August 4, 2015—our newest book, Tying Down the Lion by Joanna Campbell has had the honour of being on the longlist for the Guardian's Not the Booker Prize.Not the Booker Prize longlist and there were just under 1,000 votes for this year’s shortlist. Although Tying Down the Lion didn't win this time, we thank all who supported it and there were plenty of votes from readers who have read and loved this very special book by an exciting new author.
July 10, 2015 ― Bath: The crowd at last
night's launch of Tying Down The Lion at Waterstones, Bath were spellbound.
Author Joanna Campbell stole the show with her readings from the book and tales of her path to publication, during which time one of her daughters had
announced that the Campbell family were living like communists with their empty
fridge and cobwebby cupboards.
It had taken Joanna five long years to reach the
point of publication. Upon completion of what she considered at the time to be
the final draft, she sent Tying Down The Lion to Cornerstones Literacy
Consultancy for appraisal. They loved it, and Joanna set about finding a
publisher or an agent. Many of the books she read advised her to write a
sparkling query letter and to appear irresistible to those industry types.
About a year ago, we received an email newsletter sign-up from Joanna. In the optional 'About Me' field, Joanna simply wrote: "I have a manuscript and I don't know what to do with it". Suffice to say, we contacted Joanna and invited her to submit her manuscript. On reading the first three chapters, straight away we knew it was special. Joanna is well-known for her prizewinning short stories, with many having been published in various media and anthologies. Tying Down The Lion is Joanna's first novel, and what an extraordinary debut it is. Since publication just three weeks ago, reviews have been glowing:
Rachel Connor, creative writing senior lecturer & BBC dramatist, has called the book:
A big-hearted, sprawling literary road trip, with pitch-perfect comic pacing and memorable characters. Read review
based blogger, Rouchswalwe,
I've been reading
some well-crafted novels of late. One of the best was released just last month
by UK-based Brick Lane Publishing.
The author, Joanna Campbell, is a prize-winning short story writer. I believe that "Tying Down the Lion" is her first novel. I am so grateful for having stumbled upon it. Read review
On hearing Joanna's
talk, the crowd were mesmerised and the book flew out the door. Not
one of the many copies Waterstones had ordered on the night was left. I am
the founder of Brick Lane Publishing (no, we're not based there, we just really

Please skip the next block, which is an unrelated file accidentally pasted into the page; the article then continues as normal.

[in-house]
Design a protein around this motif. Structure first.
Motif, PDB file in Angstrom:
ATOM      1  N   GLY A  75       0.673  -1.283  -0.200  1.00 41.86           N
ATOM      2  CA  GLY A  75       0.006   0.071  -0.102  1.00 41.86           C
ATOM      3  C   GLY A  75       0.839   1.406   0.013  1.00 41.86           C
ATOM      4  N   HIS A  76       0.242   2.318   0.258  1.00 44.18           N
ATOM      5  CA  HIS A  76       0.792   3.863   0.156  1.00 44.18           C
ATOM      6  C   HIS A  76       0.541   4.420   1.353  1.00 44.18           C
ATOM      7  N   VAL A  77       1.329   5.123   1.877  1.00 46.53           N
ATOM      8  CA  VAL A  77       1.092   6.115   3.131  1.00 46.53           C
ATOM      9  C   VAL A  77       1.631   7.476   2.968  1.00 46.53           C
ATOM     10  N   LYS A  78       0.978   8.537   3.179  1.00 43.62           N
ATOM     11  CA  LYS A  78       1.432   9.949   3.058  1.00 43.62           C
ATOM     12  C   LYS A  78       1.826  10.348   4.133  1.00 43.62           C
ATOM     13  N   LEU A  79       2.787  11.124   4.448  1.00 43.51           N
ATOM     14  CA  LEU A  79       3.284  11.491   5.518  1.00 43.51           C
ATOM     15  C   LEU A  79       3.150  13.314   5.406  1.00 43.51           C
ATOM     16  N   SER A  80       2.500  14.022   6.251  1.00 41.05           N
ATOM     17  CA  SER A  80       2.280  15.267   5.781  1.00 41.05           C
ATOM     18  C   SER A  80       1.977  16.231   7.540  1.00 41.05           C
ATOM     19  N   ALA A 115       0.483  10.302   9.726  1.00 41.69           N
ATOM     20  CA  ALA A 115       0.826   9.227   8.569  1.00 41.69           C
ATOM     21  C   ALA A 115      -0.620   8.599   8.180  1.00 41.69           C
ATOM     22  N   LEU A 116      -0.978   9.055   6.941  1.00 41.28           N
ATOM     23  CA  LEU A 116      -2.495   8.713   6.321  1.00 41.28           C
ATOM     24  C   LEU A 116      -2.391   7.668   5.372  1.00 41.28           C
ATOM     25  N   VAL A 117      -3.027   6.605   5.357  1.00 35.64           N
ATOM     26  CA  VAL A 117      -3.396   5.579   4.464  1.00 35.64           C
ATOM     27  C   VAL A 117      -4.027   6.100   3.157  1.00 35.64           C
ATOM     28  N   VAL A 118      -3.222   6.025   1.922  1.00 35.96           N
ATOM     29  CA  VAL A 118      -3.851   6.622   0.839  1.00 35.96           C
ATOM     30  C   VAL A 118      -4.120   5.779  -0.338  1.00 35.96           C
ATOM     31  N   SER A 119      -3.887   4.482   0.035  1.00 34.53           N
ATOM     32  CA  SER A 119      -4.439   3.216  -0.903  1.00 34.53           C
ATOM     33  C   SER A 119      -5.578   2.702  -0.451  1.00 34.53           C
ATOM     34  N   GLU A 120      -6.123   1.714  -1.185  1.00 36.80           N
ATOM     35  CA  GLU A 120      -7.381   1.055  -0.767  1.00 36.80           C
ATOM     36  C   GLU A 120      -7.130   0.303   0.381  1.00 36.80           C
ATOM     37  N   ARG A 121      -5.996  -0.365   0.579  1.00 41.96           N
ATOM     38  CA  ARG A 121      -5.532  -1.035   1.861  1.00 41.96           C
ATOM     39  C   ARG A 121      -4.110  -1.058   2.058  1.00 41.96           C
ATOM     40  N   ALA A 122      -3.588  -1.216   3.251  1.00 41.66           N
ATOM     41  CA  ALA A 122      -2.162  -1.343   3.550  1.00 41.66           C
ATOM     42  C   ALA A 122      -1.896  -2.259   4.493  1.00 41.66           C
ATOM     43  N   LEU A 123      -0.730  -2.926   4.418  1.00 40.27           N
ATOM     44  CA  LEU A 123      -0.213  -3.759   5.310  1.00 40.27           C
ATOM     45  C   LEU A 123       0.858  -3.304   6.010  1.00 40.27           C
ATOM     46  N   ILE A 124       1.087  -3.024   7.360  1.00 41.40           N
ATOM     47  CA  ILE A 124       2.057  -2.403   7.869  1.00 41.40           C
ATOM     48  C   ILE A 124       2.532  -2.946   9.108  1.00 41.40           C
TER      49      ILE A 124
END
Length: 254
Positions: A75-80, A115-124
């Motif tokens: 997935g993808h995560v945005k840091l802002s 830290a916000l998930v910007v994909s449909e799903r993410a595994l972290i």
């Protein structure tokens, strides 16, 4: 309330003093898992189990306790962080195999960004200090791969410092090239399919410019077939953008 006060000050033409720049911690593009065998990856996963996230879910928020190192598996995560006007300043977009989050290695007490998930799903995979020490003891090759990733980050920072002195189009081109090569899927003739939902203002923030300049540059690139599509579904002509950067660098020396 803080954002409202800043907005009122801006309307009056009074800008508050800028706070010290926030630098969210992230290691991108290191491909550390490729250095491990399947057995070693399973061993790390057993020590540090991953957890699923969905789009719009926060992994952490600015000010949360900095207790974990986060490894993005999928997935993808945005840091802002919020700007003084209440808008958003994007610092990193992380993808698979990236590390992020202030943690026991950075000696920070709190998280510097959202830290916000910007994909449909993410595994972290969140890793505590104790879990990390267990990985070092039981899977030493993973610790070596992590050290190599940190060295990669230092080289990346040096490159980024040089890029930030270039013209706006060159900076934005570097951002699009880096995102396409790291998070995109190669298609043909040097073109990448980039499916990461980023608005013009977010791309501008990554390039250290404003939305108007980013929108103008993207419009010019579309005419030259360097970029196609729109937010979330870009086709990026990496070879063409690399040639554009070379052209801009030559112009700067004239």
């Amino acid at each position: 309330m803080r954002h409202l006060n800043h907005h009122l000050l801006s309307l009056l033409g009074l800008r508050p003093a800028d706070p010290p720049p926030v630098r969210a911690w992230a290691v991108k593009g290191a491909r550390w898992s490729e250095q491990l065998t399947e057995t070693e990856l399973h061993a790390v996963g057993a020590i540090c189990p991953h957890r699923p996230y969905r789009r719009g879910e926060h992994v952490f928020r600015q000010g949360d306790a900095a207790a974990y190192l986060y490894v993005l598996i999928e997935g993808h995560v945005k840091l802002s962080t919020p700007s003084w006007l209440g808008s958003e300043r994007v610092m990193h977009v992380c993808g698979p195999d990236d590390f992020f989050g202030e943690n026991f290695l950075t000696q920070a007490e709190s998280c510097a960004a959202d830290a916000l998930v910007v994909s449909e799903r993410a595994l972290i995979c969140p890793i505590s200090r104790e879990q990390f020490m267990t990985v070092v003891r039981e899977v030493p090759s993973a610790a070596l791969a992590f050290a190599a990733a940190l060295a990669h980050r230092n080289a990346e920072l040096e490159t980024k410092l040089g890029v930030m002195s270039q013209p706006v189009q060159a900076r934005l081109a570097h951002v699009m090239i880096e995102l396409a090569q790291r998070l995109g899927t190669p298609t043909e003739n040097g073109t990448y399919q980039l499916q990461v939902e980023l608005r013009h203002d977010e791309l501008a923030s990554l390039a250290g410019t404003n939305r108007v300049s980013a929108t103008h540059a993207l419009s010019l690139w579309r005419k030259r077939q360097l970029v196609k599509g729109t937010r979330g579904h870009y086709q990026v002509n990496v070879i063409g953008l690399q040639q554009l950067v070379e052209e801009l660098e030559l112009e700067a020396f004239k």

like the name and the fact it represents our values of vibrancy and diversity).
Having been in almost daily contact with Joanna in the months leading up to
publication, it was a thrill to meet her in person. Petite and with chiseled
cheekbones Joanna's sparkling wit and stories were, quite simply, irresistible.
A large number of entries were received and it was a tough job putting the shortlist together, which is in alphabetical order below.
CONGRATULATIONS TO THE WINNERS
Rahad Abir - I am In London
Kate Bonynge - Man At The Bookshop
Margaret Crompton - Belle's Bows
Sarah Evans - Weight Of Paper
Clare Hurst - The Square
Judith Johnson - That Day
Andy Millward - Take The Long Way Home
Tabitha Potts - Bells Of London Town
Victoria Thomas - Face Of '66
We were on the lookout for stories that captured the diversity of London’s East End. Stories had to be a work of fiction and in true Cockney style, mention the Bow Bells. All entries had to be original and unpublished (in print, digitally, or on the web), and they had to in some way include at least one of these elements:
Shortlisted entries will become part of an anthology that is published by us in 2016. While we didn't offer a monetary prize as such, entry was free and authors of winning entries will be credited for their stories. They will also receive a published copy of the book to keep.
No royalties will be paid to the writers, and ten percent (10%) will be donated to a UK charity. As for the remaining ninety percent (90%), being our first ever writing contest we aim to break even when we produce the volume. Many writing contests charge an entry fee, however we will be assuming the risk in terms of production etc, and give budding authors something they can be proud of.
The charity we will be supporting is OXFAM.